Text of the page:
By GRL Team on April 07, 2021

Modern Standby and RTD3

Granite River Labs (GRL)
By Claire Yueh – Test Engineer, GRL (Taipei)

Time is one of the biggest concerns of any laptop user. How fast can the computer boot up or wake from sleep, and how long will the battery last before it must be recharged? When it comes to mid-to-high-end laptops equipped with Thunderbolt 4, performance expectations only increase.

The latest Thunderbolt 4-equipped machines use technologies like RTD3 and Modern Standby to save power, enhance battery life and improve overall efficiency. But how much do you really know about RTD3 or Modern Standby? And how do you test it?

This article is aimed at providing some of the answers by reviewing the CTS (Compliance Test Specifications) and walking through the basics of the testing process.


Modern Standby (S0ix)

1. What is Modern Standby?

Thunderbolt 3 notebooks feature two power modes: S3 and S0iX. The S3 power mode is an older standard, and the computer cannot be woken up immediately. The new S0iX power mode, known as Modern Standby, was created to save power and enable the device to wake up and be used immediately.

To provide a phone-like user experience, Modern Standby keeps background activities awake and updates the app state even after the screen is turned off. S0iX can resume its original operational state fast and efficiently for instant wake-up and immediate use. This is very different from the older S3, which cuts off all power to the system apart from the memory. Due to its advanced features, Modern Standby is now fully supported in Thunderbolt 4 laptops.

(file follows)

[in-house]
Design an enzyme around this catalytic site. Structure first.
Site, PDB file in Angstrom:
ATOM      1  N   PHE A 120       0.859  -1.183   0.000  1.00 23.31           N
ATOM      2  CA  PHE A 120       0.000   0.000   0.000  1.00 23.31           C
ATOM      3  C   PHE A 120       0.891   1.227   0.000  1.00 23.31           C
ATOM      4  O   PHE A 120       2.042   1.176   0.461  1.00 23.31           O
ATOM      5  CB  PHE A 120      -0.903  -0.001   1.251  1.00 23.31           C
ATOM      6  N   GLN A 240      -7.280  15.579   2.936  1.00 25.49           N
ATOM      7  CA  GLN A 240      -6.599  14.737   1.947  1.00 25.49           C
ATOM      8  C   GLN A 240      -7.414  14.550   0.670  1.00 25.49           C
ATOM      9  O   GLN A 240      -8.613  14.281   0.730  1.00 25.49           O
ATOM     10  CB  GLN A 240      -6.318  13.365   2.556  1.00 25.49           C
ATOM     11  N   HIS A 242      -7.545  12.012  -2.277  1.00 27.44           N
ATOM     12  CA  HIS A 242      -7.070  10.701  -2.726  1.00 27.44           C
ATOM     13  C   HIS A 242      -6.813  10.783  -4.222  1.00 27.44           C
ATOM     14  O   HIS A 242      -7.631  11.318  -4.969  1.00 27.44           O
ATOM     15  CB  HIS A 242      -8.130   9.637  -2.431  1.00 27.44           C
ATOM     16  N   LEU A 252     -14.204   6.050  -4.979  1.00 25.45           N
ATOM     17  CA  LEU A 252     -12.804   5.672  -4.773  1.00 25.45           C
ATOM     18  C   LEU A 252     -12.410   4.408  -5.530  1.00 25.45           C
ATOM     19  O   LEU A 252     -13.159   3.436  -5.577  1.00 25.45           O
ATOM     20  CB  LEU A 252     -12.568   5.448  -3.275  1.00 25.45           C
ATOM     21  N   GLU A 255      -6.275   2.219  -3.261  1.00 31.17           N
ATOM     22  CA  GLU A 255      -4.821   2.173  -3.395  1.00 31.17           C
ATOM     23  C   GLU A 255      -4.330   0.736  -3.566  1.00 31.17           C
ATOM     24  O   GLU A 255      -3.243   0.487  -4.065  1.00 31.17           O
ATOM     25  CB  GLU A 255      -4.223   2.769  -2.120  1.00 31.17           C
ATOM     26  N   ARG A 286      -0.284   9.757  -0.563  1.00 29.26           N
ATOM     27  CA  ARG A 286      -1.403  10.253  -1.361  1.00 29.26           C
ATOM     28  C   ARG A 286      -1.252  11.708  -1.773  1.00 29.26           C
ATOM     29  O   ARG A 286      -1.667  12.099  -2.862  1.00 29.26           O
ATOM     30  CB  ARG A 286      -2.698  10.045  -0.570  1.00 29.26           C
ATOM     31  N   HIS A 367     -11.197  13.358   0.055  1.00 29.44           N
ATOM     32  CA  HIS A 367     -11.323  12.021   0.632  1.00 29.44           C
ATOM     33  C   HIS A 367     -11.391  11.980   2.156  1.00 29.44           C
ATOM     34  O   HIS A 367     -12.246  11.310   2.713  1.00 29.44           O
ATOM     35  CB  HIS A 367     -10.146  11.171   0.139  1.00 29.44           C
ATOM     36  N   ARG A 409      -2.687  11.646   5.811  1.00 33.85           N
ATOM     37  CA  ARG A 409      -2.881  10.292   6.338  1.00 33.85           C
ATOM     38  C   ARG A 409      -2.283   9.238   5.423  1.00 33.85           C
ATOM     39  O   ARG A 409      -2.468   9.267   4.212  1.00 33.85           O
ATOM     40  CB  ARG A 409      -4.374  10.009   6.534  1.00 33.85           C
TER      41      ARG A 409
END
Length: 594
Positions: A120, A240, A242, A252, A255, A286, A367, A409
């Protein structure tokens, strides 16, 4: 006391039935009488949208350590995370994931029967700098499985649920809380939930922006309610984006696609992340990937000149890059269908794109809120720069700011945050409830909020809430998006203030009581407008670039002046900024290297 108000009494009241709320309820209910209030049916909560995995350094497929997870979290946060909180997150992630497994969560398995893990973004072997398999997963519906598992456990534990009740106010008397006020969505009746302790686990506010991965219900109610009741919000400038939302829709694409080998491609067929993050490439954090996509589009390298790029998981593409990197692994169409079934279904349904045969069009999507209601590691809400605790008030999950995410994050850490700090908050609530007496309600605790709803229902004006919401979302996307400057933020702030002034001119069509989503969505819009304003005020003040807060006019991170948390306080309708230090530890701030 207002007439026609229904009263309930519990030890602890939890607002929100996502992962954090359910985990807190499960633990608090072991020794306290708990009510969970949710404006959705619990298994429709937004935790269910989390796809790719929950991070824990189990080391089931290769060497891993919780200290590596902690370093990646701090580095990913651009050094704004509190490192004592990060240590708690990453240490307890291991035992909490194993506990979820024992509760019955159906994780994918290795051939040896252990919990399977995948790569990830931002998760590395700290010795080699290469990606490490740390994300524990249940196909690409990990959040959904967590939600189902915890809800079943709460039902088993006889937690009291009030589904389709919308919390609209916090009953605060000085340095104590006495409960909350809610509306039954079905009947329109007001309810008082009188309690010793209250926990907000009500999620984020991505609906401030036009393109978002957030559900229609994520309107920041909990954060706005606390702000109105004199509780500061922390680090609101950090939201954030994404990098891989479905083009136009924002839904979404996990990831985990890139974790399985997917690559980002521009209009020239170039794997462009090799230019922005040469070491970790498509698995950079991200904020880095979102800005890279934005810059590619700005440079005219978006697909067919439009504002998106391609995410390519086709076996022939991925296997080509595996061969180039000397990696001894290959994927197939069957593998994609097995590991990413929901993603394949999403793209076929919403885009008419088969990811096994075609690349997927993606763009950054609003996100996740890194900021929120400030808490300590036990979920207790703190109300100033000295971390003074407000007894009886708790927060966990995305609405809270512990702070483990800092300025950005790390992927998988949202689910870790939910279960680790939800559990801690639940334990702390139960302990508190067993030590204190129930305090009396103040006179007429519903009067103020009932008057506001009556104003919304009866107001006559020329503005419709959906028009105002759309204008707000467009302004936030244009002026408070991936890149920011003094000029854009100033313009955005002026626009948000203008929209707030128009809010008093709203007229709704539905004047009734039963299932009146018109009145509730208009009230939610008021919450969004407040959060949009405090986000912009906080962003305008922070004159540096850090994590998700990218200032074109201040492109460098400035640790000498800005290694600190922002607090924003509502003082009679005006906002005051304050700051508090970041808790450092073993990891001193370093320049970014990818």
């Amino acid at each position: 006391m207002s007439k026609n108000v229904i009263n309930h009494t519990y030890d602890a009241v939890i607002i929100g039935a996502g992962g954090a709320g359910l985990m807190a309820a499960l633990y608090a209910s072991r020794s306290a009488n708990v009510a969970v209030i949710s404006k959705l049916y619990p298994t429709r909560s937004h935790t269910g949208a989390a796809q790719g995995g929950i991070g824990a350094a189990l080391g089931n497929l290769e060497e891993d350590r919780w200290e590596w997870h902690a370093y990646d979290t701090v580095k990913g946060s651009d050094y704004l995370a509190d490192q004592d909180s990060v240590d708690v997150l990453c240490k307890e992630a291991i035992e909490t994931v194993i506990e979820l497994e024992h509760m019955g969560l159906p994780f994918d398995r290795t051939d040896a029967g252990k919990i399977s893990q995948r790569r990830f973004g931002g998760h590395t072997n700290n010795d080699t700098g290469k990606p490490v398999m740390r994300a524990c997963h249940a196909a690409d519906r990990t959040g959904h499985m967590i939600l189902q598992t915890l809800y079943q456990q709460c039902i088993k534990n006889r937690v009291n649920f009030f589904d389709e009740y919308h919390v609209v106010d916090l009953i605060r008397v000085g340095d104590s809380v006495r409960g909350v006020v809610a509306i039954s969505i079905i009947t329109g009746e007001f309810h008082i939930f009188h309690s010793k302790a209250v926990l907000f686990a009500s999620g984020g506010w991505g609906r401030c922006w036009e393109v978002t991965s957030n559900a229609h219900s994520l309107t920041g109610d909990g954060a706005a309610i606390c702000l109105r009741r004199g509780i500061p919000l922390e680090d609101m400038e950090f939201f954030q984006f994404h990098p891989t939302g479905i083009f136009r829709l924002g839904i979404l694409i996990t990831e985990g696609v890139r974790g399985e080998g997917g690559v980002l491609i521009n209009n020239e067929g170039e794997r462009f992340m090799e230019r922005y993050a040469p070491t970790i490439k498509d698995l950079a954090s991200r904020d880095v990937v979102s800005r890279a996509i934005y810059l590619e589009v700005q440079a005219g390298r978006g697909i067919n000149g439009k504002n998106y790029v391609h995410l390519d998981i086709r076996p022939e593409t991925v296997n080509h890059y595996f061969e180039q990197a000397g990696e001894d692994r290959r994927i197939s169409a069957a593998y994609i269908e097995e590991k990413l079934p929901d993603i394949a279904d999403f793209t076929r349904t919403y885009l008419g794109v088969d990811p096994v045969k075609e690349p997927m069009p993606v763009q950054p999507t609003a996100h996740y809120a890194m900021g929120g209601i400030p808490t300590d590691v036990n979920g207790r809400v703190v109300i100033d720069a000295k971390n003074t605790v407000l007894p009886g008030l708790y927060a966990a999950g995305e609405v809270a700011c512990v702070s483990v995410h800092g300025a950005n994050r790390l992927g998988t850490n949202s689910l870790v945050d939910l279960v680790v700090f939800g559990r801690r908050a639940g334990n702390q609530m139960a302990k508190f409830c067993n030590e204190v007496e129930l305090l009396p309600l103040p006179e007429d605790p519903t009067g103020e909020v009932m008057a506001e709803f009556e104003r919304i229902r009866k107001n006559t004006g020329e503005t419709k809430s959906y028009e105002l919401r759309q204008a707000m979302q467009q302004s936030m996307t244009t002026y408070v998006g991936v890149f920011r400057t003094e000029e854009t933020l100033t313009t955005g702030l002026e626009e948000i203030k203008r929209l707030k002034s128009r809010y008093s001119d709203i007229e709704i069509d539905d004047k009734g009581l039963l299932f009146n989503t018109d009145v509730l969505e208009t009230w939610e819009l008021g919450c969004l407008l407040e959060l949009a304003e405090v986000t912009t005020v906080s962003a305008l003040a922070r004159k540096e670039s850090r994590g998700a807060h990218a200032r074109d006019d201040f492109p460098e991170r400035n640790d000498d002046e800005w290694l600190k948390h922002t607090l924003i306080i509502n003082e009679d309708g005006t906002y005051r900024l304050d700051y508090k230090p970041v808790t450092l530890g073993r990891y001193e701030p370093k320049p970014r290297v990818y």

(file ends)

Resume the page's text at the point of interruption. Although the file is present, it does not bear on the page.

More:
2. How can you tell if a laptop supports Modern Standby?

The easiest way to check is by typing the following instruction query at the command prompt.

Command: powercfg /a

Figure 1 (below), shows that the laptop supports "Standby (S3)," which is the traditional S3 power mode. Figure 2 shows a laptop that features "Standby (S0 Low Power Idle) Network Connected," which means it supports Modern Standby (S0Ix).

Modern Standby and RTD3_traditional sleep (S3) mode_command prompt table_granite river labs technical blogFigure 1: Only support the traditional Sleep (S3) mode

Modern Standby and RTD3_support modern standby (S01x) mode

Figure 2: Supports Modern Standby (S0Ix) mode


3. Laptops with Modern Standby follow these scenarios under testing:

Scenario 1: If the laptop is playing a movie before entering S0iX mode, and goes into Sleep mode while playing the movie, the system will keep updating information in the background even if the screen goes dark. This enables the user to start using the machine instantly after it wakes up, and the movie will resume playing without interruption.

Scenario 2: When the laptop enters S0iX mode, it will still recognize when an external device is plugged in or unplugged because this information is constantly updated in the background. When the system wakes up, the external devices are re-recognized.



1. What is RTD3?

RTD3, short for Runtime D3, is a power saving mode. A laptop that has been idle for a long time will enter the D3 (cold) low power state to save energy.

According to the CTS specification, RW-Everything software is used to determine whether a laptop's RTD3 function is working properly. The laptop should be capable of entering RTD3 mode under seven conditions. If any of them are not met, then the laptop fails the RTD3 test.

The seven test conditions to verify the RTD3 function of the laptop are as follows:

Condition 1: The laptop is not connected to any Device